For instance, in June 2007, PPB divested its 55.6% stake in Bursa-listed PPB Oil Palms Bhd, PGEO Group Sdn Bhd and Kuok Oils and Grains Pte Ltd to Wilmar for an 18.3% stake in the Singapore-listed company. Wilmar is controlled by the billionaire’s nephew, its chairman and CEO Kuok Khoon Huong, who has a 12.83% stake in the agribusiness giant.

Many viewed this move as the start of Kuok’s exit from Malaysia.

Other notable privatisations by Kuok and PPB include that of FFM Bhd (Federal Flour Mills) in mid-October 2004, when it was delisted from the local bourse after PPB acquired the remaining equity interest of 45.77% by issuing 102.13 million new PPB shares and paying RM204.25 million cash. The deal gave FFM shareholders one PPB share and RM2 in cash for every share they held.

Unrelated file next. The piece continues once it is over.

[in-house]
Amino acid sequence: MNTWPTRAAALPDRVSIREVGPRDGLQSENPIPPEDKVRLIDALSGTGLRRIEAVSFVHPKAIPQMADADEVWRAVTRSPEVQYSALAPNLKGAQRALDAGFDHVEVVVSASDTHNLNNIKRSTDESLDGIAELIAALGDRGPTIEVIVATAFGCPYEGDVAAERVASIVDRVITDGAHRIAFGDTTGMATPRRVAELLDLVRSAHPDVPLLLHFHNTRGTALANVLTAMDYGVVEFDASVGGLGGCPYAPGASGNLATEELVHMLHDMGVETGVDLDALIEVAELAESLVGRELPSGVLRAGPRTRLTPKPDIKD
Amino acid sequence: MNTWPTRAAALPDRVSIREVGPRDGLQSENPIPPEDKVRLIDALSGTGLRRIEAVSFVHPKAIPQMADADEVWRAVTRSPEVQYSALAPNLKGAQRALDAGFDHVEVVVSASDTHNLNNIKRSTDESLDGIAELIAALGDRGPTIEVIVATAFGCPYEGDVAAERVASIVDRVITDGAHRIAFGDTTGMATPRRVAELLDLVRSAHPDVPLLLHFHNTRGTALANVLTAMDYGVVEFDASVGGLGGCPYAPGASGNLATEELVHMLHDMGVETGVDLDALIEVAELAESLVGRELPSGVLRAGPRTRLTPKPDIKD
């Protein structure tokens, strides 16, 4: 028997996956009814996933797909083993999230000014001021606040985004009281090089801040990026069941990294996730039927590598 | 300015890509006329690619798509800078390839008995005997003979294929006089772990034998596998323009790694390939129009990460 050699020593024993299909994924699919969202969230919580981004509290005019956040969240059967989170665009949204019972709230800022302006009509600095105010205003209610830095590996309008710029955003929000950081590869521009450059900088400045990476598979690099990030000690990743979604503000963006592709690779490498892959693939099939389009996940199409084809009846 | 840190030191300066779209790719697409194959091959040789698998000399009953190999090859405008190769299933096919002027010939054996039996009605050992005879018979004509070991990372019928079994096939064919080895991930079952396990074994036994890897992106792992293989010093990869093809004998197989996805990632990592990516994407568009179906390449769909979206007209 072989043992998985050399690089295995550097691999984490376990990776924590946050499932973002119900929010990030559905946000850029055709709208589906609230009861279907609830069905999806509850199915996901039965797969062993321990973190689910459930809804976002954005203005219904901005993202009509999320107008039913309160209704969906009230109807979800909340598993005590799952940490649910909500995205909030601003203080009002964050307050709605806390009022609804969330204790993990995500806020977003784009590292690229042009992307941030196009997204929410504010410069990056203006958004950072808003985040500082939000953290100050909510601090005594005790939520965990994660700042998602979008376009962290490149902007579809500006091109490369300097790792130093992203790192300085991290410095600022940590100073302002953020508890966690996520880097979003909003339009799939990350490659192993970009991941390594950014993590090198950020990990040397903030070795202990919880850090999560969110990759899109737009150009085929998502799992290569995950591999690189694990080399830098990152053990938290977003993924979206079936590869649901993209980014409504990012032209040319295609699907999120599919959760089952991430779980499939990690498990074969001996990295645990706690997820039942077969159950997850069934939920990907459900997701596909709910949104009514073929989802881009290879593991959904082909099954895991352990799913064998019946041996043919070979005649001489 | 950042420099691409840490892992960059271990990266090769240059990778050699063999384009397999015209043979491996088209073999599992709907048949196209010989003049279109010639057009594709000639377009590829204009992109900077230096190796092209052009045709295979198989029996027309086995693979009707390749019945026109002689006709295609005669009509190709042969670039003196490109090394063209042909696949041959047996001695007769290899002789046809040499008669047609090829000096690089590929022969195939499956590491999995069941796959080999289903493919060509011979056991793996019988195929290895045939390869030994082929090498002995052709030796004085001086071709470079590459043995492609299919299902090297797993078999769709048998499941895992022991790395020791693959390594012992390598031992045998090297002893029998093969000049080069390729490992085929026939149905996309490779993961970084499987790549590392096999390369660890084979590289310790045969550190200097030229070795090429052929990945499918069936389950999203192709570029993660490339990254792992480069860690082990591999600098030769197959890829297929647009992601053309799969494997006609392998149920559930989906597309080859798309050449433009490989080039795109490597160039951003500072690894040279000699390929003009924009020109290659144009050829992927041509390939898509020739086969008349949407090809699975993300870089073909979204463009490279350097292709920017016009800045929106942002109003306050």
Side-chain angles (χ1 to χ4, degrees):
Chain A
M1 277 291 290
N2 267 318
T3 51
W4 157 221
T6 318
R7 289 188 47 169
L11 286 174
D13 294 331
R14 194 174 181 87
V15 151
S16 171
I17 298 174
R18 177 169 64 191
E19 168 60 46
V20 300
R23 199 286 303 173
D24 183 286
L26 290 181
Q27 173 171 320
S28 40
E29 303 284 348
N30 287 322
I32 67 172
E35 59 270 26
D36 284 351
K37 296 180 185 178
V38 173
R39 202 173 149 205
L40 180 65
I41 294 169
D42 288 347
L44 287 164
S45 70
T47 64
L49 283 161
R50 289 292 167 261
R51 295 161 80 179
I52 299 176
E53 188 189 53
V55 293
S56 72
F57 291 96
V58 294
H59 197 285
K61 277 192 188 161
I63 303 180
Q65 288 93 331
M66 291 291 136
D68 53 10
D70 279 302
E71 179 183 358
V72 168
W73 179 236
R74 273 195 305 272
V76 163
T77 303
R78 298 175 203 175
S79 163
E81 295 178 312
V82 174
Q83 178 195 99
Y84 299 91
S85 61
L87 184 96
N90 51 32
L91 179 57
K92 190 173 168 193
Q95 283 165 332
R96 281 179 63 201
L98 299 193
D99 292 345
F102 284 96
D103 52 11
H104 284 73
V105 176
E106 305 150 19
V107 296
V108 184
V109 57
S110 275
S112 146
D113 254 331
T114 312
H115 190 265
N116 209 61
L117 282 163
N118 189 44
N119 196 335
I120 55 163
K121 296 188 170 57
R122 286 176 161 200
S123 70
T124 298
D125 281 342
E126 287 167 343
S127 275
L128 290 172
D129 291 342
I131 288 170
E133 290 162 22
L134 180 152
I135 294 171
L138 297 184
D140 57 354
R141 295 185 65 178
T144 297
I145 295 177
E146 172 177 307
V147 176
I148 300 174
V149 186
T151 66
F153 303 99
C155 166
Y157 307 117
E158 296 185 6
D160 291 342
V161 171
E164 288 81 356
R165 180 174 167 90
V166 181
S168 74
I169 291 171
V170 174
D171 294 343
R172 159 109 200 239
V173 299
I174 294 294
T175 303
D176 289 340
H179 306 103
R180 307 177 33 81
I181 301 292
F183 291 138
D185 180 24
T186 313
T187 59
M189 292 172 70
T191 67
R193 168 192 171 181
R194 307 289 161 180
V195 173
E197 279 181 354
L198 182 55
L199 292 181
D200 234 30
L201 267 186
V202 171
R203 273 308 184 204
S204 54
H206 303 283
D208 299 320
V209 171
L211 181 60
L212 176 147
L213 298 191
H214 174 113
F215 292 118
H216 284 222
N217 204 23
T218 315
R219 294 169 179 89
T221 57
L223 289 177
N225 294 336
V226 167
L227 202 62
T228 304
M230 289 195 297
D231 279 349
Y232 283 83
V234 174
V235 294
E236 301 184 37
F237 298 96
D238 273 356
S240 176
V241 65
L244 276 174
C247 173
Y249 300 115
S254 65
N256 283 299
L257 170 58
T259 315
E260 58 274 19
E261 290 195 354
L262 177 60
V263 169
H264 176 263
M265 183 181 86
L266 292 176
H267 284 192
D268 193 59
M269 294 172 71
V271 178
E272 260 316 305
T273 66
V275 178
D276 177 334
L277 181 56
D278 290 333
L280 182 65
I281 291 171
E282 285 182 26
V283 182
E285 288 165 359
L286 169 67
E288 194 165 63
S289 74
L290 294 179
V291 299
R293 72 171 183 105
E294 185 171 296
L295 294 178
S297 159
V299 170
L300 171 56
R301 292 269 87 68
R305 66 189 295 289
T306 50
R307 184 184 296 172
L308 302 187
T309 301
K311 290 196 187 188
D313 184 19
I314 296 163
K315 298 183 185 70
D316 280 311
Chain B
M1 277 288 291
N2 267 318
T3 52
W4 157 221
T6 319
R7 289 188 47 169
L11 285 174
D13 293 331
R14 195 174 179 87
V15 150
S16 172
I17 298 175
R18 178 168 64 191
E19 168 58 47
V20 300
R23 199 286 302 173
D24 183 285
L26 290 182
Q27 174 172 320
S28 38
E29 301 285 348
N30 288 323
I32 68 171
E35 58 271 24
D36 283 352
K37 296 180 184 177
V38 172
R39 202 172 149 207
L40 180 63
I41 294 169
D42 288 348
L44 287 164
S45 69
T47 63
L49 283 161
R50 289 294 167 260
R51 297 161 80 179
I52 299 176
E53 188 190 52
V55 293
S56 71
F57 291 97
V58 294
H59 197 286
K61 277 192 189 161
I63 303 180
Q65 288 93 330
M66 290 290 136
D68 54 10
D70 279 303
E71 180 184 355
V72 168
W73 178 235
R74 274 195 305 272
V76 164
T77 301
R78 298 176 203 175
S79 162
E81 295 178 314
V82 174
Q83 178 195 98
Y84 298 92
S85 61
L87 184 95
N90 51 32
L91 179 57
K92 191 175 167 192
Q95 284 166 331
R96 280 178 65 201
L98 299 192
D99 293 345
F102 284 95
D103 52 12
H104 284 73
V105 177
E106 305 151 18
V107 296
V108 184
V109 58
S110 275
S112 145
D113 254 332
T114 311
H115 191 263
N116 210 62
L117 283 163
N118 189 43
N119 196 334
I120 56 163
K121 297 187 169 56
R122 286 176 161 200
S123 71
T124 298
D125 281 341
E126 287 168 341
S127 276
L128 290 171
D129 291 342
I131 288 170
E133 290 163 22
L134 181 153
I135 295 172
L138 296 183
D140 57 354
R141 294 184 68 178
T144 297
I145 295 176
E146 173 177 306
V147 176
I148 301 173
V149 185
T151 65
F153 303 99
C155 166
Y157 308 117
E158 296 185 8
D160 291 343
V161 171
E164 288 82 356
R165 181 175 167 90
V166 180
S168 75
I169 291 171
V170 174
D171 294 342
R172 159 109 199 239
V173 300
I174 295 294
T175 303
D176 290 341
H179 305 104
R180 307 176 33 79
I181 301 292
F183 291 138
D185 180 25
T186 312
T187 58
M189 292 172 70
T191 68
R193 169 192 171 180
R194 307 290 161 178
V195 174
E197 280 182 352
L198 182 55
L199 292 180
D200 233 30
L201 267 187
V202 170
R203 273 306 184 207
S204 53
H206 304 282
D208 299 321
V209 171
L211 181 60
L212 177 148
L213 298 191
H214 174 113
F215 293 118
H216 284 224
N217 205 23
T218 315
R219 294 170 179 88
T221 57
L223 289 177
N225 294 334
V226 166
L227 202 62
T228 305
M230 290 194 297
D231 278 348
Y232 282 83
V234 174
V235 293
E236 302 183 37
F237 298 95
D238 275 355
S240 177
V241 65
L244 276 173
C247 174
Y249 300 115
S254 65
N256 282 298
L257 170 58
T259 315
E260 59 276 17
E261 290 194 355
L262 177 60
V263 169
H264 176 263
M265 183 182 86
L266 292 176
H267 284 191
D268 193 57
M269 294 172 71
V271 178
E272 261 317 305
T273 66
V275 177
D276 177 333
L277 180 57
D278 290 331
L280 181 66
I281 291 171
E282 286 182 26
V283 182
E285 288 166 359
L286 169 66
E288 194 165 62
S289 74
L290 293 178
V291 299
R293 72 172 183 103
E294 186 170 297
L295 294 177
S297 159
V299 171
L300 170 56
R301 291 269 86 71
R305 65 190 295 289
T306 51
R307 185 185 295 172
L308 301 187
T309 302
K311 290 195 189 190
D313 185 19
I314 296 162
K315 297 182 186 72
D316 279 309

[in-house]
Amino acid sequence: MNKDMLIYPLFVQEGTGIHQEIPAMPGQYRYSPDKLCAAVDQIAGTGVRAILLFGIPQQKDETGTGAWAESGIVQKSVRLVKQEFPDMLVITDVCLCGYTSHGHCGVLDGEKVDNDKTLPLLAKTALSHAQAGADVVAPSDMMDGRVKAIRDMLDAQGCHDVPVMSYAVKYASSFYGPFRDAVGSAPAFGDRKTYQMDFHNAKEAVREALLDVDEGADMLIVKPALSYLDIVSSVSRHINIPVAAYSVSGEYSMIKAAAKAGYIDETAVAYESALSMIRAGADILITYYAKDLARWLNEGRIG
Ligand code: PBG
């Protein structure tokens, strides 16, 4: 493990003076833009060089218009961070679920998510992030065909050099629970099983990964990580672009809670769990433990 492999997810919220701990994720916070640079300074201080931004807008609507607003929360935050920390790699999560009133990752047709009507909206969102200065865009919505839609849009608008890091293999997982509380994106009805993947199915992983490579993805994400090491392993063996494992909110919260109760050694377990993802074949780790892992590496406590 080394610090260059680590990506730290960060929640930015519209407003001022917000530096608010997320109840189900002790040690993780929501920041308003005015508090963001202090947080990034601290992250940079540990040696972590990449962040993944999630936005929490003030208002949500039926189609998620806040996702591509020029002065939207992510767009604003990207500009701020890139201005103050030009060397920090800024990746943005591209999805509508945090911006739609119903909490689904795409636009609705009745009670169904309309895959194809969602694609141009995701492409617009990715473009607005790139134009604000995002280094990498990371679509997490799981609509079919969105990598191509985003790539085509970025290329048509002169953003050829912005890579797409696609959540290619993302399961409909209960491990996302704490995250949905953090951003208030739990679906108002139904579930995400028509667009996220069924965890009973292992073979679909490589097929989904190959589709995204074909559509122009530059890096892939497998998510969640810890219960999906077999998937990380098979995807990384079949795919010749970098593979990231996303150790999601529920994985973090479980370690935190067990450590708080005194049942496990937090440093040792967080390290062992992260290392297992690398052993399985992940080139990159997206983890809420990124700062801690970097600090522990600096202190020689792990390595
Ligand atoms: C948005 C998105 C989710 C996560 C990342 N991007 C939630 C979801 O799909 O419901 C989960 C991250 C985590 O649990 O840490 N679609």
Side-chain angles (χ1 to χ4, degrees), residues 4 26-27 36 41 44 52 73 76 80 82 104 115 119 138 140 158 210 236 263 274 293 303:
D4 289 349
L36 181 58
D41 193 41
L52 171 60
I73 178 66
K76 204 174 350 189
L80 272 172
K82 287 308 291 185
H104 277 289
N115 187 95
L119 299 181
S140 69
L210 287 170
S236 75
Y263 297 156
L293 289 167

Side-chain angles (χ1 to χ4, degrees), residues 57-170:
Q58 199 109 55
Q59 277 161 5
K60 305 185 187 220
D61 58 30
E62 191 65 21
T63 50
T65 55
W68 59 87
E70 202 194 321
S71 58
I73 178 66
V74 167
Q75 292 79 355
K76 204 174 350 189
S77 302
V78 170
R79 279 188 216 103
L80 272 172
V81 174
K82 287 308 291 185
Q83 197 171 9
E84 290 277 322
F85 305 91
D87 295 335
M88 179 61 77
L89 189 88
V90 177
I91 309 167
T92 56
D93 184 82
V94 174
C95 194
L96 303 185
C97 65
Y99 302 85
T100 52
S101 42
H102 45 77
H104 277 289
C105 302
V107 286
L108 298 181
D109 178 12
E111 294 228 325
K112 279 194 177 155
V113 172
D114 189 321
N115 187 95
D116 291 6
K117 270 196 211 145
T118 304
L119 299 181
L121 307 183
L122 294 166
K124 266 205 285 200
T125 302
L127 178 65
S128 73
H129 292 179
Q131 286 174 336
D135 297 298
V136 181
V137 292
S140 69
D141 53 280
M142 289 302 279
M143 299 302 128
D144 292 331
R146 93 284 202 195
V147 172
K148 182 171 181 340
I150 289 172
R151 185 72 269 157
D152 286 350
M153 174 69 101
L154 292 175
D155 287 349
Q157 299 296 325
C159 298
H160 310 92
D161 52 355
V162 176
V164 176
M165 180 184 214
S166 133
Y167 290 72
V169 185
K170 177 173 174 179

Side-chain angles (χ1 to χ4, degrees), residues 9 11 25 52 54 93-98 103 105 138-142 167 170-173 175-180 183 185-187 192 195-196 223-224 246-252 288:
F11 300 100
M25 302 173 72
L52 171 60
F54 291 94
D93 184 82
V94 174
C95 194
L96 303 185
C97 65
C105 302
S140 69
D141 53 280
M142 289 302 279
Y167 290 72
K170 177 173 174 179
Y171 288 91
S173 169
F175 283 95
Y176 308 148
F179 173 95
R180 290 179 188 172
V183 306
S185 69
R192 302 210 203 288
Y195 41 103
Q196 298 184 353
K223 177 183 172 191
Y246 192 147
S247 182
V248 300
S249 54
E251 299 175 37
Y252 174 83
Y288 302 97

While there have been instances where Kuok acquired assets in Malaysia — such as the 12.5-acre seafront tract in Iskandar Malaysia, Johor, for RM182 million, having partnered with Khazanah Nasional Bhd on a 70:30 basis in April 2013 — the bulk of his business interests is understandably overseas.

So, what is in store for Maybulk and its minority shareholders?

http://www.theedgemarkets.com/article/maybulk-spotlight